Lawyers have boycotted courts across Pakistan in protest at President Musharraf's suspension of the country's top judge for alleged misuse of office.
In Lahore, more than 20 lawyers were injured in clashes with police. Hundreds of lawyers wearing black suits rallied in other cities.
They say the removal of Chief Justice Iftikhar Mohammed Chaudhry is unlawful.
The judge is a controversial figure noted for his firm line on government misdeeds and human rights abuses.
Witnesses said the demonstration was one of the largest ever by High Court lawyers in Lahore.
They were marching down a main road when police used batons to try and break up the procession.
More than 20 lawyers were injured although none of the injuries appeared life-threatening.
Rallies attended by hundreds of black-suited lawyers were also held in the capital, Islamabad, and in other cities including Karachi and Quetta.
The Bar Association says the court shutdown is total.
"It's a complete boycott of the superior and lower courts by all lawyers," Court Bar Association president Munir Malik told the AFP news agency.
The BBC's Barbara Plett in Islamabad says the clash in Lahore reflects growing tension in the country since President General Pervez Musharraf removed the chief justice from his post on Friday.
The president had received "numerous complaints and serious allegations for misconduct, misuse of authority and actions prejudicial to the dignity of office of the chief justice of Pakistan," the state-run Associated Press of Pakistan news agency reported.
Lawyers, opposition parties, human rights activists and some judges have condemned the move as unconstitutional and a blow to the independence of the judiciary.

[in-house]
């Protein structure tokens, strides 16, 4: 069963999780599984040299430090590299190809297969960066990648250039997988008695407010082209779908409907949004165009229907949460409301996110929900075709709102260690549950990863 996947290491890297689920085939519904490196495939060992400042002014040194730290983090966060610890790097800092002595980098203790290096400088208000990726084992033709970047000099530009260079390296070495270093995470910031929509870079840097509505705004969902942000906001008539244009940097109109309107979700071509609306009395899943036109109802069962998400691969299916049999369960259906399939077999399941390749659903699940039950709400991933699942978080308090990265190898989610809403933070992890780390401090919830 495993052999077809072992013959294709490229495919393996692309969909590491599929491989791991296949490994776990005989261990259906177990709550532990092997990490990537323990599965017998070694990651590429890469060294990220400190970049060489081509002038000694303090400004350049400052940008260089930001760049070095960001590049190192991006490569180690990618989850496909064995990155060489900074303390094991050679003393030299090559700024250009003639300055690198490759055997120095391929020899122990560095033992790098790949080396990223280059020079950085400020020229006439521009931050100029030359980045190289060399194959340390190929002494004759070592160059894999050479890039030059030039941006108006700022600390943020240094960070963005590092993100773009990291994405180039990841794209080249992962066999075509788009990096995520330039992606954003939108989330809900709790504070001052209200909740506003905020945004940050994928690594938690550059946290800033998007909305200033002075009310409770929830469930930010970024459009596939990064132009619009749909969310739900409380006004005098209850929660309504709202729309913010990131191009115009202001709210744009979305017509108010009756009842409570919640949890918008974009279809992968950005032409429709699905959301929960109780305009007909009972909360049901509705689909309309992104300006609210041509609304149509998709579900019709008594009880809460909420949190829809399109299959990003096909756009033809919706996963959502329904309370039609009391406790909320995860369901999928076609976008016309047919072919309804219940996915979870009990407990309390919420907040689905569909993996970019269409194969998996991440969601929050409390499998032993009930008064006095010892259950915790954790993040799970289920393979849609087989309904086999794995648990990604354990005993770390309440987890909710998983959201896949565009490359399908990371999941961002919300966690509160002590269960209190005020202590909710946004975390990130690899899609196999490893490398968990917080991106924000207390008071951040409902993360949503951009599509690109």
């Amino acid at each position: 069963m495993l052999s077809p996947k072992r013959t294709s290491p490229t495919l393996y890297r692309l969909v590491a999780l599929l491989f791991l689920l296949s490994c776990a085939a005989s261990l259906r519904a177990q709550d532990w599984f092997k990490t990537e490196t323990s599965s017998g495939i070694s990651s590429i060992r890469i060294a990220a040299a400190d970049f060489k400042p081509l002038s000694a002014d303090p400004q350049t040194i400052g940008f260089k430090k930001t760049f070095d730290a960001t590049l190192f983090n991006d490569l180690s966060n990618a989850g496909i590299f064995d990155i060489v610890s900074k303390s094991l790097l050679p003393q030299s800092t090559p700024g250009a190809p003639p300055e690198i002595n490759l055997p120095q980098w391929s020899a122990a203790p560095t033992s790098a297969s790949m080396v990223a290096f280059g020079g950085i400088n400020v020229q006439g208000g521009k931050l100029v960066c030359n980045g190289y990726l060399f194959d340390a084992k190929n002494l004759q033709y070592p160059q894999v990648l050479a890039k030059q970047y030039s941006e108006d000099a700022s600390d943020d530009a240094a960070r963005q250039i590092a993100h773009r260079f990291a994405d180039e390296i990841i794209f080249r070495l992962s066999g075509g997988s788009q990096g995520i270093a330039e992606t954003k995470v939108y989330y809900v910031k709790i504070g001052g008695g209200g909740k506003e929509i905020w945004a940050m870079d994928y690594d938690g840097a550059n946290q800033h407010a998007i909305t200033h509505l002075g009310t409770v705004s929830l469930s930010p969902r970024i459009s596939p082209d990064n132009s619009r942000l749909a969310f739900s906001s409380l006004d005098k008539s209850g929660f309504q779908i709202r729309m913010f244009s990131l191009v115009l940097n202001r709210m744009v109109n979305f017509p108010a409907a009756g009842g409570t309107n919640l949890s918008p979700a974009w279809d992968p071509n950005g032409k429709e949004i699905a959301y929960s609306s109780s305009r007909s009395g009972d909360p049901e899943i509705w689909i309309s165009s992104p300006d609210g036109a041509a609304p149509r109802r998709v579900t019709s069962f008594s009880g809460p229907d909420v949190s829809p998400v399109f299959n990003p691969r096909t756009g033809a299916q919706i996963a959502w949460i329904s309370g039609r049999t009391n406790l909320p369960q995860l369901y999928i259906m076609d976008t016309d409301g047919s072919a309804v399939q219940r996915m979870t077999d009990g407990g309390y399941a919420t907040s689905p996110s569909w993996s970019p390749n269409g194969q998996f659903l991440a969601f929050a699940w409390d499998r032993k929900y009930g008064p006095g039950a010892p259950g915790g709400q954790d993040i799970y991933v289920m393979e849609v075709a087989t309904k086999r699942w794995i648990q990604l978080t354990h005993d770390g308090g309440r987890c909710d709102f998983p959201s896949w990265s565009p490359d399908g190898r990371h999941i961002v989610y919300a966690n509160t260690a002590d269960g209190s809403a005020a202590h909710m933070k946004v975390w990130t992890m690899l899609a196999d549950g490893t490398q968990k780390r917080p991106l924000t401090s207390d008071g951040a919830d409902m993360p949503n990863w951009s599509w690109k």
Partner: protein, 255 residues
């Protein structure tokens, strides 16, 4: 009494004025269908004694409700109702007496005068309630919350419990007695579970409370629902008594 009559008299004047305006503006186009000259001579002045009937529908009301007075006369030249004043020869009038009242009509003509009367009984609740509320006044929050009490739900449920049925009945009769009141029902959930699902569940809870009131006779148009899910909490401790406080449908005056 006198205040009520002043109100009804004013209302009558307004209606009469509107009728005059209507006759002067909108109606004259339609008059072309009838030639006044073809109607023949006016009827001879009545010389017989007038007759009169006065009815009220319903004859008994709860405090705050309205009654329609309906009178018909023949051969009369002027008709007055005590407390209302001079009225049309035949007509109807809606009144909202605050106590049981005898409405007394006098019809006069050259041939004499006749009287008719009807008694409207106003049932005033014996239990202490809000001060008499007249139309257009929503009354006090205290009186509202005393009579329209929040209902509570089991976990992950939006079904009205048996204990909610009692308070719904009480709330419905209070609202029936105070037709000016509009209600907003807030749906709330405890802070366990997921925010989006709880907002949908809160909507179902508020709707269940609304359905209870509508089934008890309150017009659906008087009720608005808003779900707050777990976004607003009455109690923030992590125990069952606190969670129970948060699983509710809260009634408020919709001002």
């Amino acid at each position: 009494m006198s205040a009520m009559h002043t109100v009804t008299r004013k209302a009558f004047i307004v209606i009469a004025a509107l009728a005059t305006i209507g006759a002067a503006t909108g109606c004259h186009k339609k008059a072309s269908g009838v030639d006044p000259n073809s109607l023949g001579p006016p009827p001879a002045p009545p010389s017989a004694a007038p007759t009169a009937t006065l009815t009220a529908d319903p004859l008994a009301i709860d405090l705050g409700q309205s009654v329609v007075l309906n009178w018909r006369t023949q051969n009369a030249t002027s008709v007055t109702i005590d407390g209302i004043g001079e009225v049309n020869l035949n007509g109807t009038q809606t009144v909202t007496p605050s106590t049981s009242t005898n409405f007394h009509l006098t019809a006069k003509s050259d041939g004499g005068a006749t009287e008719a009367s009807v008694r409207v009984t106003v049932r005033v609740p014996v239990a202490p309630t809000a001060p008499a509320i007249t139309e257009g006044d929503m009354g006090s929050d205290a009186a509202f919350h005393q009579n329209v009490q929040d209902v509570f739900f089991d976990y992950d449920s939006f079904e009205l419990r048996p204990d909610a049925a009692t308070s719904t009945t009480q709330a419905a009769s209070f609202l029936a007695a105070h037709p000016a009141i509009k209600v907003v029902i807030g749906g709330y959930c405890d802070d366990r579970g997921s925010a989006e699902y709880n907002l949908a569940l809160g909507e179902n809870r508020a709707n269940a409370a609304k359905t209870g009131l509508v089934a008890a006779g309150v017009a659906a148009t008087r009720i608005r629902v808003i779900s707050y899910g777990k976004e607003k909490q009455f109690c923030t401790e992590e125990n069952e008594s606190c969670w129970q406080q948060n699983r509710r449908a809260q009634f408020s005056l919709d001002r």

The president says he has referred Mr Chaudhry's case to a judicial panel. The government has so far not made public details of the allegations.
Our correspondent says the chief justice had an abrasive style and had earlier been publicly criticised by a lawyer for abusing his authority.
Chaudhry: Chief justice since 2005
But she says many in the legal community believe Iftikhar Chaudhary was dismissed because he took up cases unpopular with the government.
Chief among these was a petition to recover missing persons, allegedly abducted by intelligence agencies. He also overturned the recent sale of Pakistan's state-run steel mills.
The president is also accused of trying to intimidate the judiciary in an election year.
Ikram Chaudhry, former president of the Supreme Court Bar Association, told the BBC's Urdu service: "General Musharraf is trying to bulldoze the judiciary. He wants to leave no stone unturned."
He said Iftikhar Chaudhry was to all intents and purposes being held under house arrest in Islamabad, with a police guard posted at his residence and the official flag taken down.
Only a few visitors have been allowed in to see Mr Chaudhry since he was suspended.
The current president of the Supreme Court Bar Association said he had been told by Mr Chaudhry that he would defend himself and would not step down.